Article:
A decade of the dynamic duo

Friendships in sports are not an uncommon aspect of playing on a team.

Friendships are the product of athletes bonding together towards the goal of winning and building a stronger team.

Sometimes, however, those friendships can blossom and become a permanent part of an athlete’s life. Seniors Riley Martin and Katie Rossberg have cultivated such a friendship on and off the volleyball court.

Martin began her volleyball career at the age of nine by playing with her older sister.

Rossberg began playing in seventh grade.

The two met in sixth grade when they initially became friends.

“Basically we were friends and she was tall,” Martin explained, “so I basically recruited her.”

During their time in middle school, they discovered their love for volleyball and worked tirelessly on their craft.

“We’d go to middle school very early in the morning and play for hours before school started,” Martin said.

“And then we’d go over at lunch and play,” Rossberg added.

Their middle school coach supported their passion and would even buy them breakfast. Rossberg remarked that practicing together early in the morning before anyone else was fun.

Since their middle school days, the two have helped each other grow as players. Rossberg, who is left handed, learned some techniques from Martin, who is right handed. Now, Rossberg hits the ball with her right hand.

“She essentially messed up my hit. I would have been going someplace if it wasn’t for that,” Rossberg said humorously.

“I just never thought to ask her if she was right-handed,” Martin joked.

The two had a successful high school career together. Martin started with the varsity team as a freshman and Rossberg, who was pulled from junior varsity to varsity, soon joined her. The two were the only freshmen on the varsity team and their skills and talent showed why they belonged there. Their high school team always won the districts and made it to the state competitions. The two thrived in the well-established program.

Their high school success was what eventually led them to their arrival at R-MC. The two played Emily Ortiz and Anne Knowlton, who are also on the R-MC women’s Volleyball team, in their final state game. While Martin and Rossberg lost to their opponents, the R-MC Women’s Volleyball Coach, Bill Rogers, was at the game and made a recruitment pitch about R-MC. The four girls met during their recruitment visit and after their stay, they all really liked the school.

Martin and Rossberg never intended to play volleyball in college and were actually opting to go to a bigger state school. However, once Rossberg committed, Martin soon followed, and, while it was not their initial intention, the two have extended their dynamic duo status to their college team.

The two’s joint experiences have benefited them greatly on the court.

“If you go to different club teams, you have different centers who are like the quarterbacks, so you have to learn a whole different way of play,” Rossberg explained.

“But when I have her to help me, I am able to keep (my relationship) constant so I can focus on my other skills rather than guessing the others’ senses.”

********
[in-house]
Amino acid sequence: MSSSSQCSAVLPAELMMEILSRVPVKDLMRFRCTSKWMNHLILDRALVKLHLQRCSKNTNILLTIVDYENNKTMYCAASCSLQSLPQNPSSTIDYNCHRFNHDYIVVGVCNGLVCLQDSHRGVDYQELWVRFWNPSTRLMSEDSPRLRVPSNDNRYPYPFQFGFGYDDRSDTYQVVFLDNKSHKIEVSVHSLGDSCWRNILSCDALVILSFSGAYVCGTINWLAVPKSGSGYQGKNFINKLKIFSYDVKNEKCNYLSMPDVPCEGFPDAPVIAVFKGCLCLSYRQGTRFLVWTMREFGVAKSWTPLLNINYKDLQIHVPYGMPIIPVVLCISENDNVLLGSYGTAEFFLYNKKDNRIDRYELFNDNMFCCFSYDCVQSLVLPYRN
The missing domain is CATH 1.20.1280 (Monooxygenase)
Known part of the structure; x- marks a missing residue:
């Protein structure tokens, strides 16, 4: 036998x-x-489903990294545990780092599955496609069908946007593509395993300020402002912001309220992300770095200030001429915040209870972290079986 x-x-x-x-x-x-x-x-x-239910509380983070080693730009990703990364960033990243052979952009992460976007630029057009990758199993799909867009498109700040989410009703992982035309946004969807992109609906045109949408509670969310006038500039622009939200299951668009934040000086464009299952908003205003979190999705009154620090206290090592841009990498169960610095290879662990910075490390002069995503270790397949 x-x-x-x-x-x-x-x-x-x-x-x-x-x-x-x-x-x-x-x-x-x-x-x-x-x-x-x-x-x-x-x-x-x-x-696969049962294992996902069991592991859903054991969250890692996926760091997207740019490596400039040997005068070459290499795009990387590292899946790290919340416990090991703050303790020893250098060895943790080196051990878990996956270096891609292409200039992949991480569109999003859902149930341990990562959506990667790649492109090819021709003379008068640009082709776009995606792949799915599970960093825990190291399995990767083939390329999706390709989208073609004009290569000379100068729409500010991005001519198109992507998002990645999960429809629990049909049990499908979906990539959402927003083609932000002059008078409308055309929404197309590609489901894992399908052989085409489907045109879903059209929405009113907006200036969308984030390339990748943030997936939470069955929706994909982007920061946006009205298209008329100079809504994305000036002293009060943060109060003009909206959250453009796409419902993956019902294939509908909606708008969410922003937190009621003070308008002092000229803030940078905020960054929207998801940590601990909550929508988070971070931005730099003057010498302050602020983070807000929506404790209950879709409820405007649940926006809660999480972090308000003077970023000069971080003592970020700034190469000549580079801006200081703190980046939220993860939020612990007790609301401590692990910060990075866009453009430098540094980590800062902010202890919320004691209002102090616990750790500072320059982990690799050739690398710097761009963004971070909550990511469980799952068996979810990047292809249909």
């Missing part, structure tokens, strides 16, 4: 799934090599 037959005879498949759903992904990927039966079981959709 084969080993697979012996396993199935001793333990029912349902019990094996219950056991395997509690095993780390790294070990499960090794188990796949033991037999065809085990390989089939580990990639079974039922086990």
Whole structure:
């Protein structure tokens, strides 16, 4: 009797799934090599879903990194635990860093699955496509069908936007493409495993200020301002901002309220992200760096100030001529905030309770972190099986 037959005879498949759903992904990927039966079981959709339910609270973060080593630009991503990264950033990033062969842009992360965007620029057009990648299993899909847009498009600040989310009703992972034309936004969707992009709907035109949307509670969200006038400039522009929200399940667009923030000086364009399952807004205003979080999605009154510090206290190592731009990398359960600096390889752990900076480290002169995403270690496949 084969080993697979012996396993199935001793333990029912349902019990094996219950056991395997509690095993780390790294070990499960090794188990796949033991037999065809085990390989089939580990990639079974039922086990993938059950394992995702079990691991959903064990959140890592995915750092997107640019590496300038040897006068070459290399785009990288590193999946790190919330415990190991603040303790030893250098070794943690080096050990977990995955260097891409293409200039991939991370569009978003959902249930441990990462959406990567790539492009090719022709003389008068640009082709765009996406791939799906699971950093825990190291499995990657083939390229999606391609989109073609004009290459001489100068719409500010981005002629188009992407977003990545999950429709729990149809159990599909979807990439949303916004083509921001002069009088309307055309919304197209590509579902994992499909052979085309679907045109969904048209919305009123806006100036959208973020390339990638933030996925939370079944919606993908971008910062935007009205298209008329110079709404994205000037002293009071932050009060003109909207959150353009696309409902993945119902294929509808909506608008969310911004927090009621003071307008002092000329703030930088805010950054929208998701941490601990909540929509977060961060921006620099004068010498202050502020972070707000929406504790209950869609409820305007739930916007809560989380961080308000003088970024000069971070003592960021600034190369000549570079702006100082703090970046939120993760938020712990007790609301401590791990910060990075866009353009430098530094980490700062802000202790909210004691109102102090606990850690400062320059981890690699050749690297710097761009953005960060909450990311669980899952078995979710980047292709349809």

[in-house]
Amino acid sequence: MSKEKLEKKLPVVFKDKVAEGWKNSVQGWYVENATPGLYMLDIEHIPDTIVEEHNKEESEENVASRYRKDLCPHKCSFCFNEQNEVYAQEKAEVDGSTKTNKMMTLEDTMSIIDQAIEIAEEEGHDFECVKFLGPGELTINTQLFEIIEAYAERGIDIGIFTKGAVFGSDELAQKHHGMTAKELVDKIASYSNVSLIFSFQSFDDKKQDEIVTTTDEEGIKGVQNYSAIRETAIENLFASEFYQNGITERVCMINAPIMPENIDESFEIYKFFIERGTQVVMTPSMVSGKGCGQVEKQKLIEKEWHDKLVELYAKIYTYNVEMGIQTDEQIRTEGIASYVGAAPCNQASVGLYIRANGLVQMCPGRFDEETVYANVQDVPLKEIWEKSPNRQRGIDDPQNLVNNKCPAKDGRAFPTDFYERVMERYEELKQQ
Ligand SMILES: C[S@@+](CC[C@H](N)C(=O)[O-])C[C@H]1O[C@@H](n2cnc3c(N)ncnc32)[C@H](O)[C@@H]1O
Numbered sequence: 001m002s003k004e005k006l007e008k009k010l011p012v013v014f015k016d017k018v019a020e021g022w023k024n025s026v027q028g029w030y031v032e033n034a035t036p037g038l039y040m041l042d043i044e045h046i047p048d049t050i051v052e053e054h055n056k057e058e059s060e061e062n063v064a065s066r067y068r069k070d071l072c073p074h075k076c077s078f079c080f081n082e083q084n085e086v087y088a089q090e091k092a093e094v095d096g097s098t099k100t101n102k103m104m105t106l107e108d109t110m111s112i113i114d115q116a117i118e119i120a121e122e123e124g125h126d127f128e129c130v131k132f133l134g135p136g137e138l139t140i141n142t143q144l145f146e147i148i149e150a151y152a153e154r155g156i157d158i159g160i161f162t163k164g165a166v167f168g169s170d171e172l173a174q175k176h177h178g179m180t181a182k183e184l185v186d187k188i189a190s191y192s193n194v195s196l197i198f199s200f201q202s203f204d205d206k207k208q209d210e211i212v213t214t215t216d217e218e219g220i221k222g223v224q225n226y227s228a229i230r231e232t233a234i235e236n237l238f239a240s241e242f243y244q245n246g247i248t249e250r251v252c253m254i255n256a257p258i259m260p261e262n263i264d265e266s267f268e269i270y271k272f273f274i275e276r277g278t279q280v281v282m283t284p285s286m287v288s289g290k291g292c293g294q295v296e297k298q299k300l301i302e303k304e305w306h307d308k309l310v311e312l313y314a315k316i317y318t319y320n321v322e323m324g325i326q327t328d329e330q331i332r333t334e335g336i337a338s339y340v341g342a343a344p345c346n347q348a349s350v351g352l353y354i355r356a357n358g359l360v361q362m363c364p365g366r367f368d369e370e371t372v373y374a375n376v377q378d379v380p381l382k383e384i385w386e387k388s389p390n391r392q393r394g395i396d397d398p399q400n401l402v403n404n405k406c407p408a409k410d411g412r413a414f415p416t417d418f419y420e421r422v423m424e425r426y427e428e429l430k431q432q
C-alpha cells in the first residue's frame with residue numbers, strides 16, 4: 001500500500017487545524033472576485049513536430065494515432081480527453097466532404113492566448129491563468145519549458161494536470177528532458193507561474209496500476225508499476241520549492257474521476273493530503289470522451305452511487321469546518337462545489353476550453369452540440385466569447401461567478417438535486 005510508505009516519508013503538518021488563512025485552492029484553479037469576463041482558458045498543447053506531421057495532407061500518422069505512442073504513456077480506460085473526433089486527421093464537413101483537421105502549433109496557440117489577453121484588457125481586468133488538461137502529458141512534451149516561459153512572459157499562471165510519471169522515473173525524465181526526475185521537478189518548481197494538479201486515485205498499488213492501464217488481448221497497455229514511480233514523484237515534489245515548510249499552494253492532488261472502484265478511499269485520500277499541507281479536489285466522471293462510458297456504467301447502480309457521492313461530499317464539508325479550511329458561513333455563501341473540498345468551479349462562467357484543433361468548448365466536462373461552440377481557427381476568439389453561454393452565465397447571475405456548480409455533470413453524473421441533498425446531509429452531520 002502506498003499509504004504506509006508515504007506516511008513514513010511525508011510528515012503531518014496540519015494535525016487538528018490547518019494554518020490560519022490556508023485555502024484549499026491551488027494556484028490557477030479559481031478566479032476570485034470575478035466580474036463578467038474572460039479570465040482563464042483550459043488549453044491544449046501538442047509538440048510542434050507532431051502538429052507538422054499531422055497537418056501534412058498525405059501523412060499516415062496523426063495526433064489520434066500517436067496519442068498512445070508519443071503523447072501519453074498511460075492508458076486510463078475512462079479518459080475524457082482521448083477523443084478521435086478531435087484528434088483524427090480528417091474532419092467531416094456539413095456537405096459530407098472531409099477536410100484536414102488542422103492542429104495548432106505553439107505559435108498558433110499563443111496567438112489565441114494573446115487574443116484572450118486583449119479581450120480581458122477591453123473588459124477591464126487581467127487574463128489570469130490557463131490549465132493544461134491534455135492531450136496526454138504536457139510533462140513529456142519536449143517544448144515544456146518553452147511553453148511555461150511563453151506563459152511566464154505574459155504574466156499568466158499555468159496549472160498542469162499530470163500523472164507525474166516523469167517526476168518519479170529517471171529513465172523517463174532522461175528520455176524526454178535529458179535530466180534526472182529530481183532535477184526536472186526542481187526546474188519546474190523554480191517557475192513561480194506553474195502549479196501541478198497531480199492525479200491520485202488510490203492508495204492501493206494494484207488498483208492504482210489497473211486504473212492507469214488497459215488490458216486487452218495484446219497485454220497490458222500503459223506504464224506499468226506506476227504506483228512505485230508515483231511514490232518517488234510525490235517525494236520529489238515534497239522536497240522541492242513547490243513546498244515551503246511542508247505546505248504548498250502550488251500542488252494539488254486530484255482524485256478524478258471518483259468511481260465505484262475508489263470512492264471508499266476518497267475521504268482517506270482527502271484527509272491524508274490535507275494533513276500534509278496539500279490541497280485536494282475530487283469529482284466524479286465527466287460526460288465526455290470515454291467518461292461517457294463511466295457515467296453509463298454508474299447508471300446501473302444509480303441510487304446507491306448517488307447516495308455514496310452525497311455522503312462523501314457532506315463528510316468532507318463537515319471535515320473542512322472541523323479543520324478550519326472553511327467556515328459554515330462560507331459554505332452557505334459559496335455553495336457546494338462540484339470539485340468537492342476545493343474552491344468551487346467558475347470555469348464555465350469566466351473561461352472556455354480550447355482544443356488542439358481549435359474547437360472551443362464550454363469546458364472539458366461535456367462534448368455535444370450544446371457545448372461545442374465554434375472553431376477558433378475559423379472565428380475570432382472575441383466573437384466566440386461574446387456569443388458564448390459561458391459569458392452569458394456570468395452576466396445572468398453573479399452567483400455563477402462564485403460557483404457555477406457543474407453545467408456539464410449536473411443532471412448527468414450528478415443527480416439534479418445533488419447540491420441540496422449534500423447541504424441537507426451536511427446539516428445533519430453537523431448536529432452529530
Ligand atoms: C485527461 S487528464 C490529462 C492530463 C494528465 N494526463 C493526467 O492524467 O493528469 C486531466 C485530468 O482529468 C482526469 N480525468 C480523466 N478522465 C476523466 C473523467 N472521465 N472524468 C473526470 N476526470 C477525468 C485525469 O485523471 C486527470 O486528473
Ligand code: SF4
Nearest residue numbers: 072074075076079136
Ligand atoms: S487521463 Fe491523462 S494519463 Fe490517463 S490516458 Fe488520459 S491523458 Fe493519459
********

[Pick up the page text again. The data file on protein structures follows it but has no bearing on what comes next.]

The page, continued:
“A person in a sport knows about their real self, so Rossberg and I know a lot about each other,” Martin agreed.

“In sports, you can’t take everything to heart,” Rossberg added. “It’s not like we don’t fight, but now we’ve come to a point where it’s like ‘Well, this is my point and this is your point.’”

The two’s chemistry is well-evident in the eyes of the staff.

“(Coach) says that we are like co-dependent volleyball players,” Rossberg said. “He says ‘If one of you plays bad, then the other is going to play bad, and then I’m just going to cut it off.’”

The two also agree that chemistry is a strong suit in their game.

“If I’m going to run something that’s not what we had originally planned on,” Rossberg explained, “like a hit that’s going behind me without calling for it, then we can improve without…”

“…Having to talk about it,” Martin said, finishing Rossberg’s statement.

During their current senior year, Rossberg and Martin have become more focused and, as Martin put it, “ignore the silly stuff, ignore the drama… because it’s the last season.”

The two’s relationship on the court serves as an important example of teamwork. No matter what happens on the court, the game has taught them not to take it personally and to improve together rather than alone.

“We always try to set an example of how a team is a team. We try to impart that,” Rossberg explained.

“Rossberg and I yell at each other in the middle of the court, but the moment we get off or on the bus, we don’t care about it. We try to instill that,” Martin added.

Their initial middle school friendship has manifested itself further in to the roots of the game, and as they have become better players, their friendship has grown too.

“If I look back in like fifty years and I’m still friends with Rossberg,” Riley laughed, “…like wow!”

While the two are not basing their future goals off of each other, it’s safe to say that Martin and Rossberg will always find their way to walk alongside each other beyond the boundaries of the court.

-Bar Hass ’16, Senior Sports Editor

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